We must maintain health: without proper sleep, diet, self-care, and exercise / activity, we are not fully alive. These things connect us to ourselves as much as their absence disconnects us from ourselves. Live well to be well. Drink lots of water, eat real food, and get plenty of sun. Health is the greatest single investment you can make.
We must live the journey: understanding is not something unlocked all at once and then laid to rest forever; it is our curiosities we must follow, trusting we have what it takes to get to the next level. Trust the journey, trust the process.
We mustn’t let our fears impede or direct us – fear is often just the unknown; however, life is change. In the words of Heraclitus, “No man steps in the same river twice.” Be comfortable with change – nothing to fear in growth (Movement towards freedom).
We mustn’t lose the plot – the story we have built around who we are. Know your worth, believe in yourself.
We must surround ourselves with persons we would like to be like – not with those whom we break our own sacred trust in ourselves to be with. Get cliqued up. Build your team, no matter how slowly. Surround yourselves with those you can trust.
We must be secure in ourselves – insecurity is a type of madness in which the human being is no longer on their own side. Feel good about who you are, and the life you are living.
Appearances matter – do not be insecure but don’t be the Big Lebowski. Take care your appearance, take pride in your image – it’s the thing people who don’t know you will judge you on first.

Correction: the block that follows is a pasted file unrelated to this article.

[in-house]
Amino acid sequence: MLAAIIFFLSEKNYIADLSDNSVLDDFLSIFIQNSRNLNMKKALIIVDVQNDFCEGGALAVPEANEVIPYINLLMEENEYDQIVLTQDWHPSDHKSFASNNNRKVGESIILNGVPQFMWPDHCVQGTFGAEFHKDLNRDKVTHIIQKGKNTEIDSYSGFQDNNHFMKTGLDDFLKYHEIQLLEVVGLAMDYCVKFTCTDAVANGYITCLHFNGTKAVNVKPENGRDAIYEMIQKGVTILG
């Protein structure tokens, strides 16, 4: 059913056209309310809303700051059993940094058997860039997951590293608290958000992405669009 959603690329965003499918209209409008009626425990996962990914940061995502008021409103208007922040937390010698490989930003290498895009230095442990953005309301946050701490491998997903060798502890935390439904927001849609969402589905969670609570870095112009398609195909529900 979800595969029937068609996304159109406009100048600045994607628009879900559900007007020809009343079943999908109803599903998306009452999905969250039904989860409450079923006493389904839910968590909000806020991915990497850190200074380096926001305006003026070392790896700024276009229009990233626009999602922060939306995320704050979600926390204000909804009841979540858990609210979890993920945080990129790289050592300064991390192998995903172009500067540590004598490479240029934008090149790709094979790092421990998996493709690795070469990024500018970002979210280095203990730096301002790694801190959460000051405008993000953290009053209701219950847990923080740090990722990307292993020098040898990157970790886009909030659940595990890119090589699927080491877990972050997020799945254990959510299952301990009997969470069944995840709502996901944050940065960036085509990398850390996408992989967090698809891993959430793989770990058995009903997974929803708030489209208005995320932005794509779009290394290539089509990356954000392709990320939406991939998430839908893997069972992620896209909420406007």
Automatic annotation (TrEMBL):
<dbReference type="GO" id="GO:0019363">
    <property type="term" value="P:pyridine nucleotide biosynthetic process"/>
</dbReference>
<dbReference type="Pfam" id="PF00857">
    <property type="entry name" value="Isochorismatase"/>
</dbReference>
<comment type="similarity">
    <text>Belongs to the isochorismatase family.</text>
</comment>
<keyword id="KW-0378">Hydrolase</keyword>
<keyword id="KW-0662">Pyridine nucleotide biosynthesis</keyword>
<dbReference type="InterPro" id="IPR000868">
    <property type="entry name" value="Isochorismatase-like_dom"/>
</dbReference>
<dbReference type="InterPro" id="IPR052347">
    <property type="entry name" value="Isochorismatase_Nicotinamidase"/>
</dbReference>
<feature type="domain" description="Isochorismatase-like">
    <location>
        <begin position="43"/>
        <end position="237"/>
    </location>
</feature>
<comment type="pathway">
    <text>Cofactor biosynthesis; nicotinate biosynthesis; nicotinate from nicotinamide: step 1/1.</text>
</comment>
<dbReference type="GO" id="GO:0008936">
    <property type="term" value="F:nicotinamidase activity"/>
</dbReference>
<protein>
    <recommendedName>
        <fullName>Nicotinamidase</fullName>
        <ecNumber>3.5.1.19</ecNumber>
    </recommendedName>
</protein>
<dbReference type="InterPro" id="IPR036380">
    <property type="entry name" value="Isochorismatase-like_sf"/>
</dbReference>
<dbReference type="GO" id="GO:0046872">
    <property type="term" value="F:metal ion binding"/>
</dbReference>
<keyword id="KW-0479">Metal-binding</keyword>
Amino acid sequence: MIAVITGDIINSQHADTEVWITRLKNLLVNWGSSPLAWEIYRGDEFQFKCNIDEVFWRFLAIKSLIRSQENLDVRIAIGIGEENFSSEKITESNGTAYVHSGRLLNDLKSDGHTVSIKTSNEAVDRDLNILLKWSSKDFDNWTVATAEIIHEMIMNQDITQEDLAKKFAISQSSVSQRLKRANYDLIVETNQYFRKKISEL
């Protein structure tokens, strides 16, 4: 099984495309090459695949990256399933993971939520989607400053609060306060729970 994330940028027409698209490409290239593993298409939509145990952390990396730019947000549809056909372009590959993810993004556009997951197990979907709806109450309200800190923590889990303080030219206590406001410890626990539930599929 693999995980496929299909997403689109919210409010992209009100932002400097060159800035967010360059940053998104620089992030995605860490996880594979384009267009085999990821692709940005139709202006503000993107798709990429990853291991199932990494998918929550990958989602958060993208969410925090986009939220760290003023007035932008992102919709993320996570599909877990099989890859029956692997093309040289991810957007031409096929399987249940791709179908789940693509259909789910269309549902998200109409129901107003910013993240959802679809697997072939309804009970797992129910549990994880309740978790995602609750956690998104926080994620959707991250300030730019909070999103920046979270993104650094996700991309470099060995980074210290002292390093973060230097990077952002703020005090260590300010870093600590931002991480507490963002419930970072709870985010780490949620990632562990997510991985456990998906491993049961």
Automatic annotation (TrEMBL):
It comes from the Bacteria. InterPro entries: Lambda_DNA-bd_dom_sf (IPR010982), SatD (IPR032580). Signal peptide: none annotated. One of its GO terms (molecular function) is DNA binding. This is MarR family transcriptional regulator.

Have a routine: as much as you loathe this idea (Based on past “routines” – see Navy), you need to establish a routine in order to build habits. Habits are what are going to take you to the top. Design a routine around your goals.
Set goals, from as near as today, through as far as you can envision. Your goals today should be taking you toward your goals for someday.
Set your own limits. The system creates small minded thinkers, and most families unknowingly raise their children to be small minded. It’s a cycle you can break. Be determined to set your ow limits.
Do not be an island. Do not isolate from the world. If you need help, get it. Count on those in whom your heart trusts to help you.
Don’t accept bullshit. People will throw all kinds of shit your way, but only what you can take – the bullshit stops with healthy boundaries.
Know your goodness. You were not born in sin, you were born a baby, then you were a child. Do not forget the goodness in your childlike heart – it’s still there.
Be self-sufficient. It’s good to have a network, but do not expect other people to do your work for you – or even to show you how. You are capable. Do not ask of another what is yours to do. Be self-reliant.
Be aware of what you feed your brain. There’s a reason it’s called television “programming”. Also, don’t watch the news – as Peter Diamandis taught me, the news is designed to activate the fear center of the brain – the amygdala – creating an addiction. Instead, follow the people / organizations that resonate with you. Or just live and don’t follow anything at all.
Chill out / cut back on social media. Social media is the new collective consciousness. It worships shallow, vapid people, and it feeds into the cycle of insecurity so many people live in. Want fame on social media? Do shit. Write the books. As the ancient maxim goes, to be rather than to seem.